Surfing will be introduced in four years' time. Ben Margot

Surfing, skateboarding and baseball among the new sports added to the Olympics

They will be brought in for the 2020 Games after the International Olympic Committee announced the news today.

THE INTERNATIONAL OLYMPIC COMMITTEE has announced that five sports will be added to the docket at the 2020 Summer Olympics in Tokyo.

The IOC voted to include baseball-softball, surfing, skateboarding, karate, and sport climbing. The news comes on the heels of the 2014 vote from the IOC that ended a 28-sport cap at the Summer Games.

The sports will also add 18 more medals and nearly 500 new athletes to the 2020 Olympics.

While baseball and softball were both featured in the Olympics as recently as 2008, the other four events will be new.

Here is a guide to them:


Surfing’s laid-back image is far from the ideal of the Olympic motto “faster, higher, stronger”, and the sport has a strong anti-establishment tradition to boot. Many surfers would baulk at even calling it a sport, preferring to couch it as a lifestyle or art form.

But surfing will take a step into the modern era in 2020, with Olympic competition set to boost exposure and, most likely, sponsorship and participation.

Plans to use an artificial wave machine have been ditched and the race is now on to become one of the 40 surfers, 20 men and 20 women, who will compete on coastline south of Tokyo to become the sport’s first Olympic medallists.


Terms like “Ollie”, “roastbeef” and “frontside grab” will enter the Olympic lexicon when skateboarding rolls into the mainstream in 2020.

Skateboarding’s history is closely tied to surfing and it is embued with the same rebellious streak, partly because skaters are unwanted in many city areas and brushes with security guards are common.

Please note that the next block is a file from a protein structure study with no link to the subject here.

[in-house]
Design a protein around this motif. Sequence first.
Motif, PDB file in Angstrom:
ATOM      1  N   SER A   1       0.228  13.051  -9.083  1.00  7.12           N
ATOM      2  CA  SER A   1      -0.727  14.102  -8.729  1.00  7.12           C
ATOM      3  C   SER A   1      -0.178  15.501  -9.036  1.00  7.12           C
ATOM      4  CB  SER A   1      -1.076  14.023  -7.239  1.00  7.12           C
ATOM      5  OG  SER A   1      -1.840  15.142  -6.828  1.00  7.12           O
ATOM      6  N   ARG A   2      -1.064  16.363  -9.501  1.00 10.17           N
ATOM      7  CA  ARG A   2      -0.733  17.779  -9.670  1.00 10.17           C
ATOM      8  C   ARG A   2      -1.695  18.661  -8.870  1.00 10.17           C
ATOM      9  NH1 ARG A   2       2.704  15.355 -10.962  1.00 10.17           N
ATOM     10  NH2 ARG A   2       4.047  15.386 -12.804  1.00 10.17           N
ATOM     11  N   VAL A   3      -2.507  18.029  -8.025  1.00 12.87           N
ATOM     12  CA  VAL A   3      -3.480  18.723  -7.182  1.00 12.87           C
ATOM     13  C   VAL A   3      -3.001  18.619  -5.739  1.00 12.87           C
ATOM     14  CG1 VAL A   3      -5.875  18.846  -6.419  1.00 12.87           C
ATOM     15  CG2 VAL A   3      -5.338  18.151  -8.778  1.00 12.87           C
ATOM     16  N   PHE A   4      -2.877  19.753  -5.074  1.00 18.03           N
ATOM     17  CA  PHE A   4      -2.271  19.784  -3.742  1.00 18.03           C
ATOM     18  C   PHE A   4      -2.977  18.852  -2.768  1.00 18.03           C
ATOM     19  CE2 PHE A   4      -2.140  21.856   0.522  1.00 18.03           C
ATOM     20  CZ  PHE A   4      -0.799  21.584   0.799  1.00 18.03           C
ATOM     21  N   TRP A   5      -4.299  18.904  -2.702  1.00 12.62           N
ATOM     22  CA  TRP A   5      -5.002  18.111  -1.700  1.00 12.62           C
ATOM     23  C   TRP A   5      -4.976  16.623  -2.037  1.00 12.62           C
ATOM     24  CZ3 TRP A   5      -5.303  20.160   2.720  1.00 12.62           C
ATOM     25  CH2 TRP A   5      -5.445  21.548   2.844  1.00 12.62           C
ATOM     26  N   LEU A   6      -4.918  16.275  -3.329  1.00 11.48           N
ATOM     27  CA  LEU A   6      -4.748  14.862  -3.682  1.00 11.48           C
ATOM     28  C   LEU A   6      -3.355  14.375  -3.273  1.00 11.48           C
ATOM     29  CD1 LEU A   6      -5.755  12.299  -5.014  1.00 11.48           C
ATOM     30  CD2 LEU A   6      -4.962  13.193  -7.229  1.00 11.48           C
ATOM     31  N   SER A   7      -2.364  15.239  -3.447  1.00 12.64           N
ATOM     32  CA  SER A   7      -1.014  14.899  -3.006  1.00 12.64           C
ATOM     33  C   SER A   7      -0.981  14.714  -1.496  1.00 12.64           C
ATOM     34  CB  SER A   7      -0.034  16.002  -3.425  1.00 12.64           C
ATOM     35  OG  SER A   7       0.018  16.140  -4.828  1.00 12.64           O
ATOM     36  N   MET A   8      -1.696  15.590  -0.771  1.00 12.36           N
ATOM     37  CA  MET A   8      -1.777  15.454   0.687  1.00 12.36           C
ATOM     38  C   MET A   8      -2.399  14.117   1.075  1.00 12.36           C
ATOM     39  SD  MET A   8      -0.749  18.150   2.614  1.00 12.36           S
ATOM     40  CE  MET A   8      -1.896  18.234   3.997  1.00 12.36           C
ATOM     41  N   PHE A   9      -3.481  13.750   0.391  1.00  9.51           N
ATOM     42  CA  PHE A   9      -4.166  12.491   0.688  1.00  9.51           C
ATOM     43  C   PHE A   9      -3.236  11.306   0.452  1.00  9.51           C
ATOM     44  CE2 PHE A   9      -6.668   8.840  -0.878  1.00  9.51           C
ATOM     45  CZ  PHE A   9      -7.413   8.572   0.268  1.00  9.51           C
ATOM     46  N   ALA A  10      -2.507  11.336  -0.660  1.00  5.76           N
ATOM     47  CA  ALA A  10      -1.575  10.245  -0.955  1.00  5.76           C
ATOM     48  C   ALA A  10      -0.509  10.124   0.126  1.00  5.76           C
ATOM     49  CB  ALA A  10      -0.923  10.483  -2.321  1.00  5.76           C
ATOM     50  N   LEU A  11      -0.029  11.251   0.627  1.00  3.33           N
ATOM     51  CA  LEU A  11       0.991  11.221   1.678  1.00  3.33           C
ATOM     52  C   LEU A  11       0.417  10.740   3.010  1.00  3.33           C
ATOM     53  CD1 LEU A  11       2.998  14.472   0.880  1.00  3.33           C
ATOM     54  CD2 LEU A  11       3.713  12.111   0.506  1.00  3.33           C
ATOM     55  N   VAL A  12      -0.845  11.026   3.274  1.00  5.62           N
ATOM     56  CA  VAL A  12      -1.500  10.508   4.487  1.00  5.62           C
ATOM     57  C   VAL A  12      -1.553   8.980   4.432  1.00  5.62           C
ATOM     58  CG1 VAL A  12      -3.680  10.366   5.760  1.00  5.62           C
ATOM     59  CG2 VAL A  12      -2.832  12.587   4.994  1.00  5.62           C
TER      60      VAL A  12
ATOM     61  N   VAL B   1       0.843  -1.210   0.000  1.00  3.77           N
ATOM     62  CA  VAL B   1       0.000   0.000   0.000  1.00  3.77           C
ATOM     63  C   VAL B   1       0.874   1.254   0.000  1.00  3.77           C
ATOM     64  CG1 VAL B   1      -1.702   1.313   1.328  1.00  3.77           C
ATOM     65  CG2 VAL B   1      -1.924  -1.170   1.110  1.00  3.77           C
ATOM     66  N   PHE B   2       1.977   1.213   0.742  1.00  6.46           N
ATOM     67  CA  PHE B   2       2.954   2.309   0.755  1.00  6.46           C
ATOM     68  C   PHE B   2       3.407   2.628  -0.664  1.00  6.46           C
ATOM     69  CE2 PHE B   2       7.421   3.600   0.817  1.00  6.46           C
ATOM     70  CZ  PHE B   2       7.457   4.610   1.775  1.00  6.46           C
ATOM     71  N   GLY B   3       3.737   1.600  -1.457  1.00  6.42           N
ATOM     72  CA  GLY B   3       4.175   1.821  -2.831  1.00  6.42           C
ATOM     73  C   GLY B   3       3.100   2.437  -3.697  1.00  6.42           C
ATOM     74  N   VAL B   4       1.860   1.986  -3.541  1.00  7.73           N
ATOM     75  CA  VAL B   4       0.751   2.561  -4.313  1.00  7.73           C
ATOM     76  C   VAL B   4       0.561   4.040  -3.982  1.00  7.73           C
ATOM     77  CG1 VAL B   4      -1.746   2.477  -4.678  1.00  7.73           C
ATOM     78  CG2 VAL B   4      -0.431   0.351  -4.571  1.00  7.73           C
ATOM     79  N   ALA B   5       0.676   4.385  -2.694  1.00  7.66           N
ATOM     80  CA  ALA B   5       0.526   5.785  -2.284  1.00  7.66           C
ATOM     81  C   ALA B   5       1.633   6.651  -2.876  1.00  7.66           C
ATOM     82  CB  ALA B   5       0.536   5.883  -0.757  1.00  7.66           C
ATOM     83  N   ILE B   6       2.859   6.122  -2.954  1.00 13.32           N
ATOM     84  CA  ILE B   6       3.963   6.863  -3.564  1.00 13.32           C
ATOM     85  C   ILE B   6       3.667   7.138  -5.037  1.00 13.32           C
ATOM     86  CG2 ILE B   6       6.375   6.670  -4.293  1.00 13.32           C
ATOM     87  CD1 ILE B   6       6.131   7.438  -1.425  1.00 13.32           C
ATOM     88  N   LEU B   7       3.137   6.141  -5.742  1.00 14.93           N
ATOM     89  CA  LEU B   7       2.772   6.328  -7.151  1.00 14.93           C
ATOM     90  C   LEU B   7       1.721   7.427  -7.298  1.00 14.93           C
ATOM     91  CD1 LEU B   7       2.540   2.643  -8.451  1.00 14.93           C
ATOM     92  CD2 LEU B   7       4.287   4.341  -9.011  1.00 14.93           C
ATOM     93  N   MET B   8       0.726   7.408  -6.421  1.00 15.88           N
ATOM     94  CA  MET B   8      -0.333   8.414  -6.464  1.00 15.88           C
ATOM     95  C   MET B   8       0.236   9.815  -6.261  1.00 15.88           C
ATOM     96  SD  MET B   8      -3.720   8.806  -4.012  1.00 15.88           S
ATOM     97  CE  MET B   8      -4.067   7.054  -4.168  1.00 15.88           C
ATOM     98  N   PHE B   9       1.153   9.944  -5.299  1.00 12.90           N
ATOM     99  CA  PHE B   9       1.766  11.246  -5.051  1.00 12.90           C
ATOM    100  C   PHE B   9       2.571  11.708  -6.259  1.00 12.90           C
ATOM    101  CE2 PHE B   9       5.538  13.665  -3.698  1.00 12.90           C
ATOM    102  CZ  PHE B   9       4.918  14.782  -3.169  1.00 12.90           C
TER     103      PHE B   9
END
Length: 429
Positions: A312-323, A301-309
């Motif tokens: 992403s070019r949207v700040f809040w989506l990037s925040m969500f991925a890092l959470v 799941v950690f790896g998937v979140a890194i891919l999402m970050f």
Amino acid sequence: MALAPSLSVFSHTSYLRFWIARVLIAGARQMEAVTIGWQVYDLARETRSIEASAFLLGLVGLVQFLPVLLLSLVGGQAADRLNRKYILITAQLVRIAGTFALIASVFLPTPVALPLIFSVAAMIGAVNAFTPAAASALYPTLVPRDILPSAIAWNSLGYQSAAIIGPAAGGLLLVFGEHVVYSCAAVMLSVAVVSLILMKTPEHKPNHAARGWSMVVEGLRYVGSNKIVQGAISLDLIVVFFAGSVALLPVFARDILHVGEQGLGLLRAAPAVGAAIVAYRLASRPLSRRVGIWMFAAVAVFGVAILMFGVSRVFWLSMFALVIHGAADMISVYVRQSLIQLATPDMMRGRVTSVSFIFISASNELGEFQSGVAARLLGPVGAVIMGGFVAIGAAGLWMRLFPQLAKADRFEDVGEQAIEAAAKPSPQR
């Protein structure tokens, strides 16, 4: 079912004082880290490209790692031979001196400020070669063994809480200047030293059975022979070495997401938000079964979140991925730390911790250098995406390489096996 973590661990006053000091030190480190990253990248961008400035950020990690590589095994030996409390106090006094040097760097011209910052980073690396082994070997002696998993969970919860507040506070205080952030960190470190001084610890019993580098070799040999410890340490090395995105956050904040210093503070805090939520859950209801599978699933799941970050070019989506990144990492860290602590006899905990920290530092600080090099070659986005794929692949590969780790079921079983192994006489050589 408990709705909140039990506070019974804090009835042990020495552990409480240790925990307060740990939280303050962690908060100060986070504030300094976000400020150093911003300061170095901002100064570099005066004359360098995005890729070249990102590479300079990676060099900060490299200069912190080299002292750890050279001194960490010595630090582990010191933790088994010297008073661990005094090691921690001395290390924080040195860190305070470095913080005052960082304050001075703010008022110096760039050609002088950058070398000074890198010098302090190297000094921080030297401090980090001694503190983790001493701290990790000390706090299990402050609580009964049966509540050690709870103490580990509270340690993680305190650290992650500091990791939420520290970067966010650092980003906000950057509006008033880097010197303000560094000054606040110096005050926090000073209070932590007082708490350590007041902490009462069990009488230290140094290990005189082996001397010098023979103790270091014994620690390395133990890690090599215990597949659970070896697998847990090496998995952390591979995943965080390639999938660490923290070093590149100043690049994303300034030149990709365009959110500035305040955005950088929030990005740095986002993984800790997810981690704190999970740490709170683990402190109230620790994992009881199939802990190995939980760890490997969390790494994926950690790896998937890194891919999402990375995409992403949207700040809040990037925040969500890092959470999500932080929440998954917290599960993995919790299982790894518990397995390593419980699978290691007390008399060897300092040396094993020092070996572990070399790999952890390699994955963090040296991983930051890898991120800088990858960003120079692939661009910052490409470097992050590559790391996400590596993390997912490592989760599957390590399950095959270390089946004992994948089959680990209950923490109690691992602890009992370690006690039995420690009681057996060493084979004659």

Nearly 7,000 skaters signed a petition to keep skateboarding out the Olympics, highlighting opposition within the community. But despite misgivings among some, new stars will be born when skateboarding joins the Olympic circus in Tokyo in four years’ time.

At a temporary venue in Tokyo, 40 men and 40 women will compete in ‘street’, where they perform tricks on a number of obstacles, and ‘park’, where skaters compete on ramps.


Not everyone will be aware it is even a sport, but climbing is going up in the world thanks to its Olympic inclusion.

Sixty climbers will compete in three disciplines: lead, where competitors have to climb within a set timeframe; bouldering, or climbing without ropes; and speed, where competitors race against the clock.

The gold medallists will be the ones with the most points after all three events. It promises to be watchable and could expand a fanbase which already includes an estimated 35 million climbers worldwide in 2015, according to the International Federation of Sport Climbing.


The only traditional sport in Tokyo’s batch of five got the nod largely because of its massive following in Japan and guaranteed box-office draw.

The classic American pastime first gained full Olympic status at the Barcelona Games in 1992, a position it held for five editions until Beijing 2008.

Cuba won the first two Olympic gold medals, when players were required to be amateur, before the USA triumphed for the first time in 2000, when professionals were allowed.

However, Cuba wrested back their crown in 2004 before South Korea upset the established order by winning gold at Beijing in 2008, edging the Cubans in the final to finish the tournament unbeaten.

USA have fared better in women-only softball, winning the first three editions from 1996 to 2004 before Japan beat the Americans in the 2008 final.


Karate has a fight on its hands to retain its Olympic spot beyond 2020 with judo, another home-grown Japanese martial art, and Korea’s taekwondo already permanent fixtures on the Games roster.

Boxing and wrestling are also firmly established in what is a crowded schedule for combat sports.

Twenty competitors will take part in the kata discipline and another 60 will contest kumite at the Tokyo Budokan, the spiritual home of Japanese martial arts.

Additional reporting by – AFP, 2016

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